As its title suggests, a creation myth is the lavish story that lays the groundwork for the life of an epic figure, as manifest through history. The creation myth commonly establishes a trend that becomes commonplace for the subject throughout his or her life, a trend that is based upon and rooted in a quality of difference that this subject holds or is formed from a unique moment, thus making him or her truly different from mere mortals. The value of the creation myth is inherent within the later qualities of that person's life, without which an audience would have no interest in learning how and why this subject was created. In many cases, the creation myth is a tool to help justify why a subject has become engrained in the narrative of a culture's lore. The more fantastical the creation story, the more interest can be garnered from the outset. A good story is the key to a good mythological creature.
Here, the creation stories of Pandora and of Adam from the Bible will be compared and contrasted. Their great similarities lie in the purpose of their creation. This drives the actions taken by external sources who combine qualities to create both individuals. From a background perspective, the two stories are different. They hold within their structure a common thread of an impetus for creation, a threat to or challenge that must be overcome by what is created and then an eventual resolution. In both cases, there is an attempt by the resolution to explain and to justify why certain actions were taken. There is also a condemnation of the supporting characters in these myths, which helps the reader to learn that no character is isolated and that the behavior of one affects the behavior of all. The smaller variances between these stories have to do with setting, specifics, chronology and historical background.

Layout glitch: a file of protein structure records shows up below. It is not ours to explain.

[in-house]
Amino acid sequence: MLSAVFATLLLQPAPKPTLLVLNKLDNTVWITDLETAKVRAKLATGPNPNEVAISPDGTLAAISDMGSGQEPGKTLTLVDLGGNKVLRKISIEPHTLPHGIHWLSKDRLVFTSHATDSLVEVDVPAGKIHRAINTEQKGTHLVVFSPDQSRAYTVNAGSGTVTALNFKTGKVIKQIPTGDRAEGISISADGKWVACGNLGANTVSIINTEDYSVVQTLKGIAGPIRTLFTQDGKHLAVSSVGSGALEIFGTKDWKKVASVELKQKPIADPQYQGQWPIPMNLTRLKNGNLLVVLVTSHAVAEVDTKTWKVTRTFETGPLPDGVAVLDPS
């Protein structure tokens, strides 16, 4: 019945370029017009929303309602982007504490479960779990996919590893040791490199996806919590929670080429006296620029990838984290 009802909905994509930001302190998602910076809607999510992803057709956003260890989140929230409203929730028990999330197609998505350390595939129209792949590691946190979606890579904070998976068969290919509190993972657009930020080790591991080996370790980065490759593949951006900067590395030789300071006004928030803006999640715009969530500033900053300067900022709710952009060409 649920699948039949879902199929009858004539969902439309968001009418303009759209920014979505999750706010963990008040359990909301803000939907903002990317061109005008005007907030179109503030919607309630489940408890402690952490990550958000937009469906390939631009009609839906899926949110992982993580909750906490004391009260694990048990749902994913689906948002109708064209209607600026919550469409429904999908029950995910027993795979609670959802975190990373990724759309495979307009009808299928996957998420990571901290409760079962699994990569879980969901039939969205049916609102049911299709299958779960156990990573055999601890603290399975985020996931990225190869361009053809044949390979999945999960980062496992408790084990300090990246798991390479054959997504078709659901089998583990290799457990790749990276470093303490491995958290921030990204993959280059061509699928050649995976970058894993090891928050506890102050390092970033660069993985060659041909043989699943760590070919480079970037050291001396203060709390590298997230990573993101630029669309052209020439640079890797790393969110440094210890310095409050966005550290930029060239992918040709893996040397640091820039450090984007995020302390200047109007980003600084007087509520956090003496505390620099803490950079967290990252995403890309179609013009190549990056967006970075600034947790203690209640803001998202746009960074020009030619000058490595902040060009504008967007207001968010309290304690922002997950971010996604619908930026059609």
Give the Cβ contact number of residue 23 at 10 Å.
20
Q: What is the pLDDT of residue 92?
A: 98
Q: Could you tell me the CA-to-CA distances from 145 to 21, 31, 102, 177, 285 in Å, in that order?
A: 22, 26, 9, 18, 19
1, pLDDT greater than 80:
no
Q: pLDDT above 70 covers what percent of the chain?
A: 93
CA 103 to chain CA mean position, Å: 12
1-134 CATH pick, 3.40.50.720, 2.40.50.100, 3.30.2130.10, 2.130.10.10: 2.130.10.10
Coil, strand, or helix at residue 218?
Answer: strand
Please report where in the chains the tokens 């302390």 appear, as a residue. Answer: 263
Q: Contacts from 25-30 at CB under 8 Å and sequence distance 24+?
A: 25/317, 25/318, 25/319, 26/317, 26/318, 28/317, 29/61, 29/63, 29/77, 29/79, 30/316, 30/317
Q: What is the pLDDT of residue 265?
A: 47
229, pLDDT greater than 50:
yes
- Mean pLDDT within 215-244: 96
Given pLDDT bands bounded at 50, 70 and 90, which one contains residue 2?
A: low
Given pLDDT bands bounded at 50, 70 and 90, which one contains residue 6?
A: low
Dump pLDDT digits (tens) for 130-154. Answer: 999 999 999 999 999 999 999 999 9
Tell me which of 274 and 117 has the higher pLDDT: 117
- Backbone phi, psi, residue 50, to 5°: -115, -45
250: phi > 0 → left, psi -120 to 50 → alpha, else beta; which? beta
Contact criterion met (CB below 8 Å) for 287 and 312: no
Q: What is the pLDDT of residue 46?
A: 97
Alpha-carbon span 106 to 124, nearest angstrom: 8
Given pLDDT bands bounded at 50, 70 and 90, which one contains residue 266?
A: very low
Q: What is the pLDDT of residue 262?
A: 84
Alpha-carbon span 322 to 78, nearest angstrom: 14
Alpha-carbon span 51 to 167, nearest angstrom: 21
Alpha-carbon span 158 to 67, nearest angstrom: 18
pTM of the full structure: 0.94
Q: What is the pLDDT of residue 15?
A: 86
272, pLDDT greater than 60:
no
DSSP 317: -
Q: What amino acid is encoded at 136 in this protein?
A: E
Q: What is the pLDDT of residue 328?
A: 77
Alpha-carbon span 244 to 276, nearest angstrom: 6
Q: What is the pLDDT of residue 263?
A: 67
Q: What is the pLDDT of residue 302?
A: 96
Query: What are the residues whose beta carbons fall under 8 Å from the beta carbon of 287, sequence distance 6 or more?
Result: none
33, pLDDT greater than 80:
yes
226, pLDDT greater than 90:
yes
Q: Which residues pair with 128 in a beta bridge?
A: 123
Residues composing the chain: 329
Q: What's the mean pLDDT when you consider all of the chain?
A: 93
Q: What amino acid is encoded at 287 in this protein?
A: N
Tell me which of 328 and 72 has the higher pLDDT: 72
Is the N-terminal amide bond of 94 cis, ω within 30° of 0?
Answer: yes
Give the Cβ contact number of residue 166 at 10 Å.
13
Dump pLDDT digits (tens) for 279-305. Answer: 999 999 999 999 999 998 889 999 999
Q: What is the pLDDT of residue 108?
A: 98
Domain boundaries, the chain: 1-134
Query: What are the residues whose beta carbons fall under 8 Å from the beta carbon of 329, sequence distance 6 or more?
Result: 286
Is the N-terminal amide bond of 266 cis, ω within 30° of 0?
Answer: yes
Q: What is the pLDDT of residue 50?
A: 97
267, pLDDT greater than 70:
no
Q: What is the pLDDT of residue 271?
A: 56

[...] Just as with Pandora, the creation of man is one of the most important creation because it begins the relationship between man and woman. Both Adam and Pandora are dependent upon others to be created, they do not exist simply for their own purpose. They are both reflection of other people and they are both components of a larger plan. Common themes are repeated across many of these myths, giving these stories a sense of uniformity in structure. The specifics of the time and place wherein these stories are set are usually left ambiguous. [...]
[...] Whereas the creation myths of Greek origin are often created as interlinking parts of larger stories, are connected and are used as justification for why the world exists as it does, the Biblical creation myths are less logically ordered. Biblical creation stories can be taken from different time periods and linked together merely as different versions (Thury and Devinney, 50). Thus, the form of these creation myths, regardless of their actual subjects, differes from one another. Still, their purpose remains similar. [...]
[...] From a general perspective, therefore, these serve a similar purpose as the Greek creation myths. All are written to provide justification. Adam, created in the reflection of “LORD [sic] God said, the man has become like one of us, knowing and evil” (Thury and Devinney, 56). He is given traits, clothing and temptation; all things that God believed he he would need to begin the human race. While Pandora is only lavished with gifts, the sentiment is similar among both of these stories. [...]
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